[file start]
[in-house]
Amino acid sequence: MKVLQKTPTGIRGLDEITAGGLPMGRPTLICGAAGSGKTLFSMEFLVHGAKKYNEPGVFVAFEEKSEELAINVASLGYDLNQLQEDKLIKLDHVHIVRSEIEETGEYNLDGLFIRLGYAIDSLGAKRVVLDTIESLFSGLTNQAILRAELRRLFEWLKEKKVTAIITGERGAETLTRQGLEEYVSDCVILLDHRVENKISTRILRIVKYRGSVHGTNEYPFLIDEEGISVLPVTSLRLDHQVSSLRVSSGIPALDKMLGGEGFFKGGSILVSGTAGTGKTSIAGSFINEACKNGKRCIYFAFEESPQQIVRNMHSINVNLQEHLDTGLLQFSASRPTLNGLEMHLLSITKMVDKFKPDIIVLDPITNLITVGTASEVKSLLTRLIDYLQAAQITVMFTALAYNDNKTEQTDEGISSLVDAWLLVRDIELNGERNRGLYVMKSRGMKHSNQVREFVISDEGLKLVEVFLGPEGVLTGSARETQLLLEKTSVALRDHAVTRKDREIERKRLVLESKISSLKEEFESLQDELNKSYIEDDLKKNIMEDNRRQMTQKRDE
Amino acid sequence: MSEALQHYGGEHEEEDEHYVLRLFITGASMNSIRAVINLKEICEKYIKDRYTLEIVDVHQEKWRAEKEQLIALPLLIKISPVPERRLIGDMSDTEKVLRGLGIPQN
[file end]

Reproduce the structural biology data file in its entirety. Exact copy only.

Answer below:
[in-house]
Amino acid sequence: MKVLQKTPTGIRGLDEITAGGLPMGRPTLICGAAGSGKTLFSMEFLVHGAKKYNEPGVFVAFEEKSEELAINVASLGYDLNQLQEDKLIKLDHVHIVRSEIEETGEYNLDGLFIRLGYAIDSLGAKRVVLDTIESLFSGLTNQAILRAELRRLFEWLKEKKVTAIITGERGAETLTRQGLEEYVSDCVILLDHRVENKISTRILRIVKYRGSVHGTNEYPFLIDEEGISVLPVTSLRLDHQVSSLRVSSGIPALDKMLGGEGFFKGGSILVSGTAGTGKTSIAGSFINEACKNGKRCIYFAFEESPQQIVRNMHSINVNLQEHLDTGLLQFSASRPTLNGLEMHLLSITKMVDKFKPDIIVLDPITNLITVGTASEVKSLLTRLIDYLQAAQITVMFTALAYNDNKTEQTDEGISSLVDAWLLVRDIELNGERNRGLYVMKSRGMKHSNQVREFVISDEGLKLVEVFLGPEGVLTGSARETQLLLEKTSVALRDHAVTRKDREIERKRLVLESKISSLKEEFESLQDELNKSYIEDDLKKNIMEDNRRQMTQKRDE
Amino acid sequence: MSEALQHYGGEHEEEDEHYVLRLFITGASMNSIRAVINLKEICEKYIKDRYTLEIVDVHQEKWRAEKEQLIALPLLIKISPVPERRLIGDMSDTEKVLRGLGIPQN